Human Capacity Optimization
What do we mean by human capacity optimization?
For us, Human Capacity Optimization is a way of describing spiritual formation, discipleship, and leadership development.
Why do we use an unusual term like “optimization” when describing these processes?
We use a different term (“optimization”) as a way of disrupting our normal patterns of thought when we hear the words “discipleship” or “leadership development.”
Optimization describes a process for making something as fully perfect, functional, or effective as possible.
This definition sounds a bit mathematical and sterile, but the process when dealing with people is an art.
So, let’s talk about this process.
I want to describe a few principles for Human Capacity Optimization. These principles have been extracted from our own action-oriented, field-based research.
Let’s think about learning as changed behavior.
When behavior changes, learning has happened.
When behavior remains the same, nothing has
Under this definition, how does learning happen?
Optimizing Human Performance happens through “lived” experience that requires not only a change of thinking but of actions and behaviors, moods and attitudes. Learning happens when these lived experiences have consequences, are urgent, and require repetition.
In contrast, for many, spiritual formation (as well as leadership development) happens in the head.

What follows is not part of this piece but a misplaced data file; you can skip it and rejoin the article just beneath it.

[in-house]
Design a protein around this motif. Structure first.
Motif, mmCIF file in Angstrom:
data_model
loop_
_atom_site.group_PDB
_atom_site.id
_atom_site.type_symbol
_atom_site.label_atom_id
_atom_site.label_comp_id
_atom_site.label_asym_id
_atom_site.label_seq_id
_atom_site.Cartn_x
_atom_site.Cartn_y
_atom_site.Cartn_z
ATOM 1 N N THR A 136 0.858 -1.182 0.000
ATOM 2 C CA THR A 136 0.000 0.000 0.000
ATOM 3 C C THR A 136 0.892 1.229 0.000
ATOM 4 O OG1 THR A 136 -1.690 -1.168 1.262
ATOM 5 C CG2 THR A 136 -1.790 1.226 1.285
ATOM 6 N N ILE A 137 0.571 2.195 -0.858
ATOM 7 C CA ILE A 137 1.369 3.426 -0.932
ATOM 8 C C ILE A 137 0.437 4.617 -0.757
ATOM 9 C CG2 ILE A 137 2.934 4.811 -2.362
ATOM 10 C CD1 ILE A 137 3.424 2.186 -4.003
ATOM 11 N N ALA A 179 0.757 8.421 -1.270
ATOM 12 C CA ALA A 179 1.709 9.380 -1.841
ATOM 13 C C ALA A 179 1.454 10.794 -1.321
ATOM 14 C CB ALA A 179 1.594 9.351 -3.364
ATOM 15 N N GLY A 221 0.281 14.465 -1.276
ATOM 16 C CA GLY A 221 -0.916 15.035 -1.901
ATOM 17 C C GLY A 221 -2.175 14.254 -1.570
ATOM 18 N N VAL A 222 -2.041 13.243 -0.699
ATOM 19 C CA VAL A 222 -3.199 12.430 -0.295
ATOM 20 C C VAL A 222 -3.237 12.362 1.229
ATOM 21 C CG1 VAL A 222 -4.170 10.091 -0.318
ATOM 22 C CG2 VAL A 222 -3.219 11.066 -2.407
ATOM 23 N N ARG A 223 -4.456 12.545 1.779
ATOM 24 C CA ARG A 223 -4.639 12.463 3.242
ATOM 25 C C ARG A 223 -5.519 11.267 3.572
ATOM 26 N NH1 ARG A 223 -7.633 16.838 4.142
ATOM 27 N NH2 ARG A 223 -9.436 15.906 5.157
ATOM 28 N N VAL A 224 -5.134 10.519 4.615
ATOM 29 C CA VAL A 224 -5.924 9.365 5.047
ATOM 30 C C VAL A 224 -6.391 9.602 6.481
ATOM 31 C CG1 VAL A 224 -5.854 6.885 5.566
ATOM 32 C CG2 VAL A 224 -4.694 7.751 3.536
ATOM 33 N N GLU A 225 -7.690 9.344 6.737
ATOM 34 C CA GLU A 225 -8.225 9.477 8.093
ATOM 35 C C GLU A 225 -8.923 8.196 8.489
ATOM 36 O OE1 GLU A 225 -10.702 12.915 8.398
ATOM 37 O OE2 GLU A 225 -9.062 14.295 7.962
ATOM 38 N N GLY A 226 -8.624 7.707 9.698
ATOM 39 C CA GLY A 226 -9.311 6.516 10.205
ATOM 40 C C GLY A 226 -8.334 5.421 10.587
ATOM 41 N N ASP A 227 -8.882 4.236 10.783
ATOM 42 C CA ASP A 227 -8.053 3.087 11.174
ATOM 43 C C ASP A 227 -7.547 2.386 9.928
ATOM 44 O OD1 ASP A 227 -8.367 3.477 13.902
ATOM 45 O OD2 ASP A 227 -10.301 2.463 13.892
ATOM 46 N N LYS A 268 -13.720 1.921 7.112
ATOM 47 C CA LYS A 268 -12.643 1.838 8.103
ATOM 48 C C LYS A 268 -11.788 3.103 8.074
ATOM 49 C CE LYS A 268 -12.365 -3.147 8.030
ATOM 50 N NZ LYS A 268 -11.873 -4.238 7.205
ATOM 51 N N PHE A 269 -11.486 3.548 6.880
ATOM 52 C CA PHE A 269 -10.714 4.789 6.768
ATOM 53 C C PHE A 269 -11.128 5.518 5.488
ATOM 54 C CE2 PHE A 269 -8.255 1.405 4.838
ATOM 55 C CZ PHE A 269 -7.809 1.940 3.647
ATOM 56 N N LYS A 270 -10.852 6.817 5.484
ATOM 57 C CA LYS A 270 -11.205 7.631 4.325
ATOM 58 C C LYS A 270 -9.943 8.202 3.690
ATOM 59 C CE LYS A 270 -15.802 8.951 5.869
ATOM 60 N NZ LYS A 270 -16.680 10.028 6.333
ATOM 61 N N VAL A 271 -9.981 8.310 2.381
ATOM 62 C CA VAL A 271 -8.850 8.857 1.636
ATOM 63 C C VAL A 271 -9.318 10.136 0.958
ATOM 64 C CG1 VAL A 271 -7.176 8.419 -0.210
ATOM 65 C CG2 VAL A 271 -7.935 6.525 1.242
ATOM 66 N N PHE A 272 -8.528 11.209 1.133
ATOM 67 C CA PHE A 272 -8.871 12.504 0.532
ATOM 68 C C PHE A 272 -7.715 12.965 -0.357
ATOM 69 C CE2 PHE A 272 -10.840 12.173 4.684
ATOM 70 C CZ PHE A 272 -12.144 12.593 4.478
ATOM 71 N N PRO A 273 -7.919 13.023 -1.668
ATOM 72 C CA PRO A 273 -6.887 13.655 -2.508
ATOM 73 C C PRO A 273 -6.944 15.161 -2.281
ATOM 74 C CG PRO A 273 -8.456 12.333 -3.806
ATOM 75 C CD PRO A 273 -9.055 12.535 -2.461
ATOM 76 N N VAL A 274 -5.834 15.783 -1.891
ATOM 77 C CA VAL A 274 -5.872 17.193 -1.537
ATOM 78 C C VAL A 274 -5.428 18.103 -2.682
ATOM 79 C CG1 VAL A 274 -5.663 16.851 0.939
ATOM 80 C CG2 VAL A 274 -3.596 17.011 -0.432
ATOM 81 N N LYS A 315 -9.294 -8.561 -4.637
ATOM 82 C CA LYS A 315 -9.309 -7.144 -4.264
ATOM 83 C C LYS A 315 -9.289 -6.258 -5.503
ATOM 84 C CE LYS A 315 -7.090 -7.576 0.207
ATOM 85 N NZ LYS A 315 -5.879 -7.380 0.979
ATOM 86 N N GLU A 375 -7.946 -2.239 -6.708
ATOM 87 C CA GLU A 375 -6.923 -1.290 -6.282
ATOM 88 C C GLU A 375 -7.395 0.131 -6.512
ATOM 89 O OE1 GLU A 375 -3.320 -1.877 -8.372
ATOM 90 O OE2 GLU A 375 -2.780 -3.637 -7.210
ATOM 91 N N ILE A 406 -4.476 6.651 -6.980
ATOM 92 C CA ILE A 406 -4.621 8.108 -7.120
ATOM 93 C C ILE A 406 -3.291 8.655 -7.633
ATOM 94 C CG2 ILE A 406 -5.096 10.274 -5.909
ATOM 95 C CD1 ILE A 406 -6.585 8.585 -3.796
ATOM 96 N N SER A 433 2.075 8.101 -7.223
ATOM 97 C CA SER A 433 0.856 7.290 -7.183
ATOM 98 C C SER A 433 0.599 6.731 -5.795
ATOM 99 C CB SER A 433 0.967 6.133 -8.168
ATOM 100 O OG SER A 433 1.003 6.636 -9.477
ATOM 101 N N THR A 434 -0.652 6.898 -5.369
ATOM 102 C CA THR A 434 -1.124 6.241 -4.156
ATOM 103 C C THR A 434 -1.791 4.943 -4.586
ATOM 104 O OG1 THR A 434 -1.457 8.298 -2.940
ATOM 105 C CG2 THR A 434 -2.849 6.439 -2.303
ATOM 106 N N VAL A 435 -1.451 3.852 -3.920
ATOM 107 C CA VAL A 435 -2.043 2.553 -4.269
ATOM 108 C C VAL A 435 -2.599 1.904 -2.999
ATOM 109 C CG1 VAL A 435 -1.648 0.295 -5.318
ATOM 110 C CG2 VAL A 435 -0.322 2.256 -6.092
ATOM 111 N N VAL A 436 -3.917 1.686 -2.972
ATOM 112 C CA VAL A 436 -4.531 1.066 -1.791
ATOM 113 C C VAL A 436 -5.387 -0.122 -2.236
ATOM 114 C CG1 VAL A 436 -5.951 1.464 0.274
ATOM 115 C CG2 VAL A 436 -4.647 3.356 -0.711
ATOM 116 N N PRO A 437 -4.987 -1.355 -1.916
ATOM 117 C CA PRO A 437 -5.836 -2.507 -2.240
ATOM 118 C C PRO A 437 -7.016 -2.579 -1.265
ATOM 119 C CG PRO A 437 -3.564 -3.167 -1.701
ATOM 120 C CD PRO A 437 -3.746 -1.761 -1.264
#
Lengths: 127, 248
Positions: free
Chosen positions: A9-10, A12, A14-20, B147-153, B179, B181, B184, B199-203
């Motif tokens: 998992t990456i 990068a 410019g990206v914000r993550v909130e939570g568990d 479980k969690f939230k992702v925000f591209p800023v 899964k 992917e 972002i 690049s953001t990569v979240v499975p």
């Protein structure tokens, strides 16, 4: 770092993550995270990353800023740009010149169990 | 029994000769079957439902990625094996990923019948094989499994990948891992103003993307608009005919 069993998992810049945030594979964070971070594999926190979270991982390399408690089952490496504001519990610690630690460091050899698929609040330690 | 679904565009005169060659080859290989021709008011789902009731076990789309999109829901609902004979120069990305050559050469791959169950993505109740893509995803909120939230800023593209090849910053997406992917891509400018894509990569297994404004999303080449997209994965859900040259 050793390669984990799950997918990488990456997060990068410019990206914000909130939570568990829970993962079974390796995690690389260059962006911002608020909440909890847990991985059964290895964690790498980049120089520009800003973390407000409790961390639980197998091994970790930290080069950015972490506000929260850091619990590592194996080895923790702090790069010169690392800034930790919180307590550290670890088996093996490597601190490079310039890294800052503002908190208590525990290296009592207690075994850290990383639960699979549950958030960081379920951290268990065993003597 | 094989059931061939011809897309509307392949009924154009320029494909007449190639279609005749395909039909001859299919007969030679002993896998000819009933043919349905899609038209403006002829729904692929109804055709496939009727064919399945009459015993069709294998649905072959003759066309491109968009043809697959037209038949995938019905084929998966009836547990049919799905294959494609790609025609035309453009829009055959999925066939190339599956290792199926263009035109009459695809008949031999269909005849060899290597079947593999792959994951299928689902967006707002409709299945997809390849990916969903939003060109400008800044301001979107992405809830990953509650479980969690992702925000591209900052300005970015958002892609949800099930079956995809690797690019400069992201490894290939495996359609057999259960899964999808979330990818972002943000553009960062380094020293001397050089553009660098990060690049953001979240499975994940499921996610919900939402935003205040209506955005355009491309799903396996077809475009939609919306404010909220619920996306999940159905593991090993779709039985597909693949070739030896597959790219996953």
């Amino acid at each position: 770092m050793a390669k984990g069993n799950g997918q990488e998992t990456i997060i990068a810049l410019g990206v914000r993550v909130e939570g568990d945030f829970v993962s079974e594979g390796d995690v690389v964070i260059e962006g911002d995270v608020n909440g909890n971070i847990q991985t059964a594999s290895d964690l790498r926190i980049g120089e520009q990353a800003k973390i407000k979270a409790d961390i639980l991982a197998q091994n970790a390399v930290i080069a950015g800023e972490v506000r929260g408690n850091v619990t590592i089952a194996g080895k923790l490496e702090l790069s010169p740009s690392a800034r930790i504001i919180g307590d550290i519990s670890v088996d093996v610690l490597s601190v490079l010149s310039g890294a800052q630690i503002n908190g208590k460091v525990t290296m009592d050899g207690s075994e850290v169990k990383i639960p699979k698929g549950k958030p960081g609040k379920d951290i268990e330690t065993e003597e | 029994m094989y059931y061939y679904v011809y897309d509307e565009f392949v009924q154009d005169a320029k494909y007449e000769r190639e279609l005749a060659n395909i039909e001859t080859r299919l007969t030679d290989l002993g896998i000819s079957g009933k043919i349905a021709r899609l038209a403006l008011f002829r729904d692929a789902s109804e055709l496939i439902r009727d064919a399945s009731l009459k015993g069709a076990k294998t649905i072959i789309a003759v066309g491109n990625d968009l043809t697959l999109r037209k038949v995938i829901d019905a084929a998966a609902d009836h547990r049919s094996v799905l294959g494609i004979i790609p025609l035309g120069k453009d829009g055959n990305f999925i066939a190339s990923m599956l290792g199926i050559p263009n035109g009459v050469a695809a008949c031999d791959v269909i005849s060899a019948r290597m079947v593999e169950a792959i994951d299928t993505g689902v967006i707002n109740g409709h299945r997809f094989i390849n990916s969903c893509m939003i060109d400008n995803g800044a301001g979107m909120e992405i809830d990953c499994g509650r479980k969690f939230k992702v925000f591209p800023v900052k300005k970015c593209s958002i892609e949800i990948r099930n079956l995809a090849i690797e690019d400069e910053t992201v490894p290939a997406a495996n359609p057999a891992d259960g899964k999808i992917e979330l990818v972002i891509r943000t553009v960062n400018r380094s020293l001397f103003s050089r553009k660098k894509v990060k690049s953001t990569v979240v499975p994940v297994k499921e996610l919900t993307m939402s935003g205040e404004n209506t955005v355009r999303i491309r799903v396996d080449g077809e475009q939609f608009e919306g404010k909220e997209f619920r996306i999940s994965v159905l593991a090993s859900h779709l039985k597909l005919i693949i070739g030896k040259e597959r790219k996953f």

For example, we teach a principle or lesson in a Sunday service and expect the audience to be changed by it. Or, for example, we have a discipleship class.
Jesus is a person on a mission who calls others
to join him on his mission.
The contrast in these approaches begins to
explain why the end result is so radically different.
Jesus ended up with disciples.
We end up with members.
The desire to add an “action-based” process
to our leadership development arsenals was
the reason that, over the past 10 years,
The International Mentoring Network
experimented with multiple
tools for field-based, action-oriented spiritual
The main distinction of these tools is that they
happen largely on the field, not in the classroom or in a service. The leader of the group is less a teacher than a guide, a coach.
Here’s one thing we learned:
Motivated followers of Christ were relieved
by the opportunity to actually “do” what they
felt they needed to be doing all along.
Acting on their faith not only changed their
behaviors but their perspectives.
Here’s the principle:
changed behavior is guided best through
lived experience. Learning happens
in real time, real world action.
Immersive Experience that requires urgent action
activates the brain in such a way that can optimize human performance.
So, Here’s the question: what tools are you using
that focus in action-oriented, field-based equipping?
Here’s a suggestion: Make it an
Action-based, Immersive Experience.
More principles on the way…